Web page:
By Emily Suess
Creating high-quality content for your website and blog takes time, creativity, and probably a good chunk of your marketing budget. It’s frustrating to see all that hard work stolen by online plagiarists. Not to mention, having tons of duplicate content floating around on the web can weaken the relevance and search results for your own site.
It’s important to keep your eye out for content plagiarists to protect your small business’s reputation on the web. Fortunately, there are several free tools out there to help you track down publishers who are using your content without your permission.
One way to find content thieves is to create Google Alerts for relevant topics related to the content you produce. You can create one alert or one hundred alerts, and then simply tweak the settings to be notified by email daily, weekly, or in real time.
Although Google Alerts won’t directly hunt down plagiarized content, they do help you monitor the content being published in your industry. If something looks suspiciously familiar to you, you can click through to the page to find out if your content has been stolen.
You can type a string of your copy in quotation marks and run a search with any search engine to help locate stolen copy, too. Very specific snippets of your writing aren’t likely to turn up results, unless, of course, your content has been used verbatim on another site. You must put the search term in quotations marks, however, to get results for the exact string of text you want to find.
At Copyscape.com you can enter the URL of any web page, and the utility will search for duplicates on the web. If you’d like to deter others from using your content illegally, Copyscape provides banners for you to place on your blog. This way, you can draw attention to the fact that you actively protect the content you own. It’s not a guarantee that no one will try to use your content, but it may effectively limit the number of content thieves trying to use your content as their own.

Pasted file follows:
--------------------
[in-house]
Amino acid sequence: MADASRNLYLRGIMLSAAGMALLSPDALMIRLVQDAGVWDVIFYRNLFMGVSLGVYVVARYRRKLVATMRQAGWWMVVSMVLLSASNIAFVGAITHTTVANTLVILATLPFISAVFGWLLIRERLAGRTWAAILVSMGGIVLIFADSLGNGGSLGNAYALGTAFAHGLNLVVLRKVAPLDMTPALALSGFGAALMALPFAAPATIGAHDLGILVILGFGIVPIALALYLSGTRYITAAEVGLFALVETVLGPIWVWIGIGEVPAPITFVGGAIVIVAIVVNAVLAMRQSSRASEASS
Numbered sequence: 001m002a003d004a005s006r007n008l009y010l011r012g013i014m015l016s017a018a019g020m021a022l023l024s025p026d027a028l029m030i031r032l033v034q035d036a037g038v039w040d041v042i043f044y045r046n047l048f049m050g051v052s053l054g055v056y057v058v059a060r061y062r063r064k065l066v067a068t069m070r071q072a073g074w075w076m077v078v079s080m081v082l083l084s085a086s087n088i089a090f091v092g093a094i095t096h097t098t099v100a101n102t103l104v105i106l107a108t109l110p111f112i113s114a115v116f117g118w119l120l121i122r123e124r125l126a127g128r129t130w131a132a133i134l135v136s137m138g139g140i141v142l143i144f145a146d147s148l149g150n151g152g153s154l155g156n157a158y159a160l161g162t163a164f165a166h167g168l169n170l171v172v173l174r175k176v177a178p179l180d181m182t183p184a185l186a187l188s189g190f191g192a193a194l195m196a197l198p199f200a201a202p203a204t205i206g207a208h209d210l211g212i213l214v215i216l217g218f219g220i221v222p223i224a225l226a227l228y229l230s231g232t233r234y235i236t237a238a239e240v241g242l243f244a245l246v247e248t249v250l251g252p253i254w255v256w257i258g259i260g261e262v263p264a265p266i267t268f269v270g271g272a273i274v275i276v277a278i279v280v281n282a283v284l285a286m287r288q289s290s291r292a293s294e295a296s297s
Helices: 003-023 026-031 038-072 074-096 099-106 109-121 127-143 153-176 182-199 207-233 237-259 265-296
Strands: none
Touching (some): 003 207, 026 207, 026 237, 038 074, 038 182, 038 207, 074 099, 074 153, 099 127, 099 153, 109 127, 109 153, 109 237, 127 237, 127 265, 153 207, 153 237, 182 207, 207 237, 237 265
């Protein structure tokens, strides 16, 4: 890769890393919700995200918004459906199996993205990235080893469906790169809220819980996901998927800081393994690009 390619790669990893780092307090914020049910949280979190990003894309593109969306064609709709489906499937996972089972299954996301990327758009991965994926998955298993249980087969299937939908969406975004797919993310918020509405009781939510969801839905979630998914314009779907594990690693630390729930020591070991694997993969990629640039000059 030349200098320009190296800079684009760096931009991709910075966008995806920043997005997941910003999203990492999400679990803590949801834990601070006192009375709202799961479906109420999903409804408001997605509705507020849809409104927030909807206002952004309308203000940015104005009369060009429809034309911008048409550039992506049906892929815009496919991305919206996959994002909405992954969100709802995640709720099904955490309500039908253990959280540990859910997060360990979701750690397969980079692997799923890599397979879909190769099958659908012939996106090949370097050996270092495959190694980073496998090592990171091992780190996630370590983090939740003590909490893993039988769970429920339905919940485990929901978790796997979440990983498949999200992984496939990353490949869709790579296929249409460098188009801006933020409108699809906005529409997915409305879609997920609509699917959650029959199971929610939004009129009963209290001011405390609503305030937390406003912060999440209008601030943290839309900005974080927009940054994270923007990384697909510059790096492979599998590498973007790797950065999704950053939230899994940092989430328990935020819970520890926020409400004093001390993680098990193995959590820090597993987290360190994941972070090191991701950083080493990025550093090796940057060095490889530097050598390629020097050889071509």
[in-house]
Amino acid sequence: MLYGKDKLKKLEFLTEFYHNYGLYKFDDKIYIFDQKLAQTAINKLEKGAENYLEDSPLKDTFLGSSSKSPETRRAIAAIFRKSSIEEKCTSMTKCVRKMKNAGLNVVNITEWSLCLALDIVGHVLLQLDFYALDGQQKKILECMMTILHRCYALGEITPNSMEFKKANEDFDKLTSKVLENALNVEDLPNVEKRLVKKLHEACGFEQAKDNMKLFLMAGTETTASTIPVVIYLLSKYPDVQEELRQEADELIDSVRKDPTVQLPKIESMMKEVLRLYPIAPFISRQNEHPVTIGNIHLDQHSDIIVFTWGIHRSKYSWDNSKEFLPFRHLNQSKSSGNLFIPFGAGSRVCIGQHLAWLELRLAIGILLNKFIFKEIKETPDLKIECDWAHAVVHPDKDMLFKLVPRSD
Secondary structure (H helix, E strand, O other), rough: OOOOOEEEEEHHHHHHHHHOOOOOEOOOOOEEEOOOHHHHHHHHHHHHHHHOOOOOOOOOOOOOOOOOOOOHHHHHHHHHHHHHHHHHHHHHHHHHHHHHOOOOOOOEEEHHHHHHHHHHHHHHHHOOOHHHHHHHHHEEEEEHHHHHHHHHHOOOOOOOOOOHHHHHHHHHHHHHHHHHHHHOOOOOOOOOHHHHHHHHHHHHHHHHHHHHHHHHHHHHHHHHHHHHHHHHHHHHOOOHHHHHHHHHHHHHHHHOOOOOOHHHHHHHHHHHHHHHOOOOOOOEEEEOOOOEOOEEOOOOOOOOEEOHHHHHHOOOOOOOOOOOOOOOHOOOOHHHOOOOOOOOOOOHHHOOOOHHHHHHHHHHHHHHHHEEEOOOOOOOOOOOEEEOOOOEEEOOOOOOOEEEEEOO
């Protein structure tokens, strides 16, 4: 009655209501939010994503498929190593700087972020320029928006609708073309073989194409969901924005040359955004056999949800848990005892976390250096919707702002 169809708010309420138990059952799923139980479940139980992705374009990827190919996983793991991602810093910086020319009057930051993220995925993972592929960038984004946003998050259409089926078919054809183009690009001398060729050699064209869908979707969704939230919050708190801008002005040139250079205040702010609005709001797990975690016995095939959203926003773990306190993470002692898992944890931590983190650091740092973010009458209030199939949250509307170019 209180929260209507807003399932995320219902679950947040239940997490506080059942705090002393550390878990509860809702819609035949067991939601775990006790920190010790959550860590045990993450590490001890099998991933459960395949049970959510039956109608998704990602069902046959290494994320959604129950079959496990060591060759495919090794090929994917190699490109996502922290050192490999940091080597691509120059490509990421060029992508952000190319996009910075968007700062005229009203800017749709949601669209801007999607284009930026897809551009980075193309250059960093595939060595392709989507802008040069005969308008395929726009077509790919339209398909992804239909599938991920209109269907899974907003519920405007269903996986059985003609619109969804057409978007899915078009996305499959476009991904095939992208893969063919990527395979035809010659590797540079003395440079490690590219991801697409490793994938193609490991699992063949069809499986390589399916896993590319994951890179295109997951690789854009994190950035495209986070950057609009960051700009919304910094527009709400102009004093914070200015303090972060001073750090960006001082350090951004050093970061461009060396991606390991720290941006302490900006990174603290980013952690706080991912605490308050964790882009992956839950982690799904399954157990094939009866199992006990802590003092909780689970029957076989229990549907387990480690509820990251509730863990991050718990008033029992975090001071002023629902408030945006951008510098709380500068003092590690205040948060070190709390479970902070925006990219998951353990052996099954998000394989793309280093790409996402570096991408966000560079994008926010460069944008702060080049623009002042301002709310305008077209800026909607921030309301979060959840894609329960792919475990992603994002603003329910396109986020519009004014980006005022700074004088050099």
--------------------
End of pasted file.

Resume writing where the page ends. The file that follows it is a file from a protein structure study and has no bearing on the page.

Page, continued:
Copygator.com is another free service that helps you identify plagiarism. It monitors your site’s RSS feed and finds other blogs that are republishing your original content online. All you have to do is enter a feed URL, and CopyGator will keep track for you as new posts are published. Like Copyscape, CopyGator also provides badges for display on your site.
While monitoring for plagiarism, you may come across quoted excerpts of your site that credit you as the author as well as provide a link back to the original content. In those cases, you won’t need to take any additional steps. However, if you discover that your content has been stolen, your next course of action is to contact the site owner and request they take down the stolen content and/or issue a DMCA complaint.
Hi Emily, great post, something I looked into a while back (after I found someone blatantly stole and removed my links!) but didn’t find anything of use. I’ll look into Copyscape, (I thought it was a paid service), thanks for posting!
I just saw another example a few days ago that I hadn’t considered before, plagirism across social media platforms. Someone calling themselves a writer was cut and pasting things from twitter and posting them word for word precisely onto her Facebook account as her own, including spacing choices and odd punctuation. When called on it, this “writer” half heartedly thanked the person they stole from for pointing out the mishap and then went on to say I don’t even know who you are. Sad and pathetic, I think, but something else to watch out for.